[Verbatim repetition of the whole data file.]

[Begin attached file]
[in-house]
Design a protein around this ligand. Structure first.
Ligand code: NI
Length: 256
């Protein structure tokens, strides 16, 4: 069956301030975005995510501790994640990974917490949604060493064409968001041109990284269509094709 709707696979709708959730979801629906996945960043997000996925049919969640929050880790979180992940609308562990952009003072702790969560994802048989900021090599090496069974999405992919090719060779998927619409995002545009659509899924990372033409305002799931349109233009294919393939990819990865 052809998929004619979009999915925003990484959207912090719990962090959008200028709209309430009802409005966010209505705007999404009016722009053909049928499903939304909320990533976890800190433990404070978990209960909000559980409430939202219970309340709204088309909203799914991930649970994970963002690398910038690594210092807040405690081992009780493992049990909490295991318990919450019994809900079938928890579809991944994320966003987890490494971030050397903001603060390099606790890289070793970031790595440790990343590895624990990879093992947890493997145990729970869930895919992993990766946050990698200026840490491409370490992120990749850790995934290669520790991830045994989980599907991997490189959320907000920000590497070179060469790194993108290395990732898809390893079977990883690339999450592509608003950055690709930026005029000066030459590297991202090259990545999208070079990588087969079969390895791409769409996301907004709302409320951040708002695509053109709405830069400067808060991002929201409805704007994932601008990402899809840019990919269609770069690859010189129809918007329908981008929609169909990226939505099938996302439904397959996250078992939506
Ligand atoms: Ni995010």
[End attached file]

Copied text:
[in-house]
Design a protein around this ligand. Structure first.
Ligand code: NI
Length: 256
């Protein structure tokens, strides 16, 4: 069956301030975005995510501790994640990974917490949604060493064409968001041109990284269509094709 709707696979709708959730979801629906996945960043997000996925049919969640929050880790979180992940609308562990952009003072702790969560994802048989900021090599090496069974999405992919090719060779998927619409995002545009659509899924990372033409305002799931349109233009294919393939990819990865 052809998929004619979009999915925003990484959207912090719990962090959008200028709209309430009802409005966010209505705007999404009016722009053909049928499903939304909320990533976890800190433990404070978990209960909000559980409430939202219970309340709204088309909203799914991930649970994970963002690398910038690594210092807040405690081992009780493992049990909490295991318990919450019994809900079938928890579809991944994320966003987890490494971030050397903001603060390099606790890289070793970031790595440790990343590895624990990879093992947890493997145990729970869930895919992993990766946050990698200026840490491409370490992120990749850790995934290669520790991830045994989980599907991997490189959320907000920000590497070179060469790194993108290395990732898809390893079977990883690339999450592509608003950055690709930026005029000066030459590297991202090259990545999208070079990588087969079969390895791409769409996301907004709302409320951040708002695509053109709405830069400067808060991002929201409805704007994932601008990402899809840019990919269609770069690859010189129809918007329908981008929609169909990226939505099938996302439904397959996250078992939506
Ligand atoms: Ni995010």